Saudi Arabia is a natural stop on what may turn out to be US President Barack Obama's last big international tour.
The close alliance between the world's sole superpower and the Gulf oil-producing heavyweight has been a defining factor in Middle Eastern politics and US regional strategy for decades.
But the US leader's visit, during which he will have a one-on-one meeting Wednesday with Saudi King Salman and a summit with Gulf leaders on Thursday, comes amid mounting mutual frustration between Washington and Riyadh.
That frustration was voiced by Obama himself in a lengthy interview published by The Atlantic magazine earlier this month - a piece that did nothing to smooth over the two countries' diverging priorities in the region.
Obama, his interviewer Jeffrey Goldberg wrote, "is clearly irritated that foreign-policy orthodoxy compels him to treat Saudi Arabia as an ally."
Salman has shifted the country's foreign policy approach since he succeeded the late King Abdullah last year - with a more combative stance focused on the perceived threat from the kingdom's archrival for regional influence, Iran.
And that is precisely the area where the kingdom most feels a lack of support from Washington.
Saudi Arabia is still smarting over Obama's decision to back down from airstrikes against Iran's ally, Syrian President Bashar al-Assad, after a chemical weapons attack on a rebel-held area of Damascus in 2013 that killed hundreds.
The kingdom has long been frustrated by what it sees as Washington's overly cautious backing for Syrian rebels.
The deal struck over Iran's nuclear programme last year, under which the US backed the gradual lifting of international sanctions against the Islamic Republic, did nothing to reassure Riyadh.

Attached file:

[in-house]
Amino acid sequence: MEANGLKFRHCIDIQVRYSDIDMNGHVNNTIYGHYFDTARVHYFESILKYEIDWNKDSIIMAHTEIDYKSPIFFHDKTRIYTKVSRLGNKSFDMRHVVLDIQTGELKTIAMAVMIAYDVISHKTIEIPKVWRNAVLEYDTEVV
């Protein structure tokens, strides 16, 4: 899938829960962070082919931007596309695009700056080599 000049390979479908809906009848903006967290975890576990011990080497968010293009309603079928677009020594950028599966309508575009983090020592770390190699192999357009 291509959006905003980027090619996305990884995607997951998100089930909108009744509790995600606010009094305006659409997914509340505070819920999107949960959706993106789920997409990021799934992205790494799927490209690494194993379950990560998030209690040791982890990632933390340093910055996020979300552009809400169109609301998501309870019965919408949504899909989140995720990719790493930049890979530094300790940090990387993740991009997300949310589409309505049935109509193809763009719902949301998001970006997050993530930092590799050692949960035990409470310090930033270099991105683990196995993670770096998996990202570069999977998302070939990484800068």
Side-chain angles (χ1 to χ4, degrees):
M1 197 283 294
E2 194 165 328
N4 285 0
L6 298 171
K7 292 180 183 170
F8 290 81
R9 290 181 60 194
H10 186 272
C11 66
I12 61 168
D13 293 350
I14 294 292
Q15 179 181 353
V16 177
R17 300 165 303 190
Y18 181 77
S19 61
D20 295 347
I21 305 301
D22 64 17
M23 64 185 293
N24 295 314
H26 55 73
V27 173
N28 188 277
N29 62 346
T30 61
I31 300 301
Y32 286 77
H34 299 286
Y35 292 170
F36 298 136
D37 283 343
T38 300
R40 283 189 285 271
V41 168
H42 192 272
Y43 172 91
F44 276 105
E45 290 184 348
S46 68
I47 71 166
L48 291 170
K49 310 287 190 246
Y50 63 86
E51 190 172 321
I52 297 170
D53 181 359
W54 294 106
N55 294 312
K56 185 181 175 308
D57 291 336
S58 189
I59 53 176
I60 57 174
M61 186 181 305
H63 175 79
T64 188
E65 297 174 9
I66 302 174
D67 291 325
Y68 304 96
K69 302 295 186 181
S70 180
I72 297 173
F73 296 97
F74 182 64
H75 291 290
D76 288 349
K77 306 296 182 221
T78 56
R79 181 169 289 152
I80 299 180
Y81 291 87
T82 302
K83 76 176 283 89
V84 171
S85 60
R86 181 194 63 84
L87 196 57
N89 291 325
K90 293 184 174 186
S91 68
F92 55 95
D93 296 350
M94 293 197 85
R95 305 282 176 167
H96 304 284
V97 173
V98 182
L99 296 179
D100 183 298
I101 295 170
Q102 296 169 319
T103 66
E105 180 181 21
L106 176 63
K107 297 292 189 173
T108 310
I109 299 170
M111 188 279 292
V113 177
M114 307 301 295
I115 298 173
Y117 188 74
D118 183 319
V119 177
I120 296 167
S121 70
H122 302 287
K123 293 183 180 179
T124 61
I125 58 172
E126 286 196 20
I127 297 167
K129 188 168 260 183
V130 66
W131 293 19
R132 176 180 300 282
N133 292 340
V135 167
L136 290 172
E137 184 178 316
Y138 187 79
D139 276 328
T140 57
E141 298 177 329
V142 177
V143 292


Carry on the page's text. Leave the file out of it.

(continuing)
In March 2015, when Iran-allied Houthi rebels in Yemen marched south towards the last holdouts of the Saudi-backed government, Salman took action himself, launching an air campaign backed by Gulf land forces.
By contrast, Obama told Goldberg that the Saudi-Iranian rivalry "requires us to say to our friends as well as to the Iranians that they need to find an effective way to share the neighbourhood and institute some sort of cold peace."
That went down badly in Riyadh.
Influential Saudi commentator Jamal Khashoggi says that the visit will be an opportunity for Obama "to clarify, and also to listen to the Saudis and the Gulf about why it is hard for Saudi Arabia to cooperate with Iran."
Meanwhile, ever since the al-Qaeda attack that brought down the twin towers of the World Trade Center in New York in 2001, voices have been raised from time to time in Washington suggesting that Saudi Arabia, which follows a hardline school of Islam sometimes called Wahhabism, is far from a natural ally for the US.
The Atlantic suggested that Obama has some sympathy for that view: In a private meeting with Australian Prime Minister Malcolm Turnbull, it reported, he cited Saudi money and clerics as a factor in growing Islamic fundamentalism in countries such as Indonesia.
"We Saudis ourselves practice this criticism and there is a revision of the role of the supporters of extremism in the region," Khashoggi said. "But also the Salafism practiced in some of the poor districts in Europe is not our Salafism as some believe."
Analyst Perry Cammack of the Washington-based Carnegie Endowment for International Peace says there are "deep structural changes" in the US relationship with the Gulf monarchies.
With its growing exploitation of its own energy resources, including the shale oil industry, the US is no longer as dependent on Gulf oil. Regional wars and the long-term impact of 9/11 have also altered the equation.
There will be no going back to the 1980s - when Riyadh's fierce opposition to communism and radical Arab nationalism made it a natural strategic partner for the US - Cammack argues.
From Riyadh's perception, too, there is a genuine shift in the relationship that's not just down to Obama, Khashoggi says. But he argues that it may be one that actually suits both parties as the US loses its appetite for direct intervention in the Middle East.
"The conditions and bases of the relationship have changed with King Salman's coming to power," Khashoggi argues. "Saudi Arabia has become more self confident and readier to take the initiative. This also suits America's wishes."
Riyadh, he says, would be happy to hear Obama express support for Saudi leadership in the region.
By Pol O Gradaigh
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